Is Ghost team still on track?

Over the past few months, I have been deeply engaged with the Ghost ecosystem, aiming to potentially build a business on top of it. After spending considerable time on the GitHub repository, exploring documentation, and participating in this forum, I now have several questions about the current state of the Ghost team and their mission.

I’ve noticed that updating documentation does not seem to be part of the Ghost team’s development workflow. Since it’s also not open source, this appears to be a significant conflict with their published mission of “building open source technology for journalism.” Open source involves more than just making the source code available; the lack of comprehensive documentation creates a significant barrier for those wishing to use and contribute to this mission. For instance, in a topic here, it was suggested to highlight missing parts in the forum, but my attempt to do so went unnoticed. Additionally, many posts and questions here stem from confusion due to inadequate documentation.

Visiting the official website as a newcomer to Ghost, one might not immediately perceive it as an open-source project, but rather as a service competing with Substack. I spoke with a prominent newsletter owner on Substack who expressed some dissatisfaction with it. When I suggested considering Ghost, he responded, “Ghost is too expensive.” This made me realize that non-technical visitors might not perceive Ghost as software, but as a service—unlike WordPress, which clearly distinguishes its project site from its hosting service, effectively communicating its open-source nature.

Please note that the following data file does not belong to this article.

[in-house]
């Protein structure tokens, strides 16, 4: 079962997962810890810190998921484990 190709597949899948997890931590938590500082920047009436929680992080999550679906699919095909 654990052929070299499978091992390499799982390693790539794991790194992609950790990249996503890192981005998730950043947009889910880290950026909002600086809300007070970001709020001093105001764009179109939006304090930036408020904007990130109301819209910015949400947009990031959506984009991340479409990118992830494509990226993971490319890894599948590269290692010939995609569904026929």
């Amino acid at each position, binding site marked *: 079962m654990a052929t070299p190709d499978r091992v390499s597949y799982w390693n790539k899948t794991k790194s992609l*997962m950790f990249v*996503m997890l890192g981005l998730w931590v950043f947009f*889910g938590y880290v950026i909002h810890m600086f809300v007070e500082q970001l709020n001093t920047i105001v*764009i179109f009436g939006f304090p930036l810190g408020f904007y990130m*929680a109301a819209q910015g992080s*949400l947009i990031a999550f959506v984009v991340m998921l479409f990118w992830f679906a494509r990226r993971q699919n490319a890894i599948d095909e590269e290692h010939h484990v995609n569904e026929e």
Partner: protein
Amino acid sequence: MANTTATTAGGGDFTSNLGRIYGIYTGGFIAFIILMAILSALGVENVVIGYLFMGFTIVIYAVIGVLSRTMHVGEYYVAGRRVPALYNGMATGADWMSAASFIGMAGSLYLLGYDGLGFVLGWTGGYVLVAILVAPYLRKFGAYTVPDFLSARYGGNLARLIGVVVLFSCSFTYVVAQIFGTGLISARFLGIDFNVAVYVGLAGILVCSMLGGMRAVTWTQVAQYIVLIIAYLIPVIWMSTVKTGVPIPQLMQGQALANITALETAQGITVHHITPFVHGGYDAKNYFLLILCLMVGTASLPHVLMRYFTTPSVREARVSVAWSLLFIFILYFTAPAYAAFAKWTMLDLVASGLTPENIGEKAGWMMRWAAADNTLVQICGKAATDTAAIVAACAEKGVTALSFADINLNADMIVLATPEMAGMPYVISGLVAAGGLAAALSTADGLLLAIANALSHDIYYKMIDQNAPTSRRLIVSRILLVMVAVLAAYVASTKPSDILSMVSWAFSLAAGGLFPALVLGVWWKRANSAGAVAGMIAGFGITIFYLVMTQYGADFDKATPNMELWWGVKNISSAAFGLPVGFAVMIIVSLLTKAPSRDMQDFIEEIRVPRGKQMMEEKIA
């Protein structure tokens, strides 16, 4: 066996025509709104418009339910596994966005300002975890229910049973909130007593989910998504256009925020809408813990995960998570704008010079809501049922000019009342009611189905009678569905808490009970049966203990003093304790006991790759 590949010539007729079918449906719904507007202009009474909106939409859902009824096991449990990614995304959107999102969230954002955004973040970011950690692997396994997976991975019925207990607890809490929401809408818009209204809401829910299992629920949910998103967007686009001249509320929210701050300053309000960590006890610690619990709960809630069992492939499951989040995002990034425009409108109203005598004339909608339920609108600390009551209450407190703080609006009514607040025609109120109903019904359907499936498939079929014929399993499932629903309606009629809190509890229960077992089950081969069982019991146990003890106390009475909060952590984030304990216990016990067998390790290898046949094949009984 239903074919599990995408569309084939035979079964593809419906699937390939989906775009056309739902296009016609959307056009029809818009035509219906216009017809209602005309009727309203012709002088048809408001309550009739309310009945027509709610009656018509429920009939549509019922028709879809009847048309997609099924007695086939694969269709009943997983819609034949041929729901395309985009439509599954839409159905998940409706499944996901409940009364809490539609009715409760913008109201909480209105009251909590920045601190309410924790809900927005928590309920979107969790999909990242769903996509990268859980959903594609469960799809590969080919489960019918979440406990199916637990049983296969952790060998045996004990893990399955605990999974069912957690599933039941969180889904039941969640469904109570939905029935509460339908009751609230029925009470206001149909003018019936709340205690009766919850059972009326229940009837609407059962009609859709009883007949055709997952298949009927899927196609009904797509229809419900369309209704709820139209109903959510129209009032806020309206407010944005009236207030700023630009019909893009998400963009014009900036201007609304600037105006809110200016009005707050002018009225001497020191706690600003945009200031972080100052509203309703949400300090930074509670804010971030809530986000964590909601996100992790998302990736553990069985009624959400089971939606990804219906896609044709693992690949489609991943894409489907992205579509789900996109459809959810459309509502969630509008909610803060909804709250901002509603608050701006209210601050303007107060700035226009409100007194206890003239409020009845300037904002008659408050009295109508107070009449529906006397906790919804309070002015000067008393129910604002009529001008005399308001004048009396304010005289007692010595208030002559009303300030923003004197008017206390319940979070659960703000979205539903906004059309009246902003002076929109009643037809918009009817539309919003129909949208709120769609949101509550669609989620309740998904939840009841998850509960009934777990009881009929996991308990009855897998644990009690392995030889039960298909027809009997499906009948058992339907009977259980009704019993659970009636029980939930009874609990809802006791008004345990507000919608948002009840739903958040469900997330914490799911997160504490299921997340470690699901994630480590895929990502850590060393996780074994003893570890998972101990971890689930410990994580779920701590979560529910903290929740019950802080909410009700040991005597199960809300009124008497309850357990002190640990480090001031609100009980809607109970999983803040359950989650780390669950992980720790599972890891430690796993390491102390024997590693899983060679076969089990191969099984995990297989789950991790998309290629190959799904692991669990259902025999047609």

I also observe that the Ghost team prioritizes feature requests only when they align with the Ghost Pro roadmap. This approach may have been essential in the early phases of the project to secure funding, but in recent years, Ghost Pro has reportedly been generating sufficient revenue to support the team, which continues to embrace a small-team principle.

Perhaps things have changed. Maybe the Ghost team is considering transitioning to a commercial web hosting company. If so, I believe we deserve to know this. Clear communication about the current state and future plans would be beneficial.

Please understand, my admiration for the work of this exceptional team remains strong. I am impressed by their vision and their management thus far. It’s also possible that I am overlooking some reasons behind the issues I’ve raised. However, I felt it was best to share these concerns here and initiate an open discussion to gather feedback from as many people as possible.

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Development beyond minor bug fixes seems to largely have been abandoned. Ghost had/has the potential to really take advantage of the popularity of newsletters (and combining that with a blog/website differentiates Ghost), but companies like Beehiiv (that actively update their product) have blown past it.

I appreciate the simplicity of the Ghost UI, but common feature requests (such as a Media Library and some level of autoresponders) seem to just get ignored, in favor of updates nobody asked for, like emojis.

It’s also not clear who Ghost is really built for. Content creators or developers? The clean and simple UI is great. I love it as a content creator. But there’s a lot of basic functionality that requires technical knowledge.

The cost of using ghost for newsletters is very expensive once you have any decent amount of users.

I try to remain hopeful that Ghost will stick around, but it seems it could use some better product management and direction.

Maybe work and planning is being done behind the scenes that they’re not telling anyone about?

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-Just so it’s clear though, I love Ghost, and am real happy with it overall.

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This is clearly not the case - right now the core team are in the early stages of building in ActivityPub support, and are actively blogging about it.

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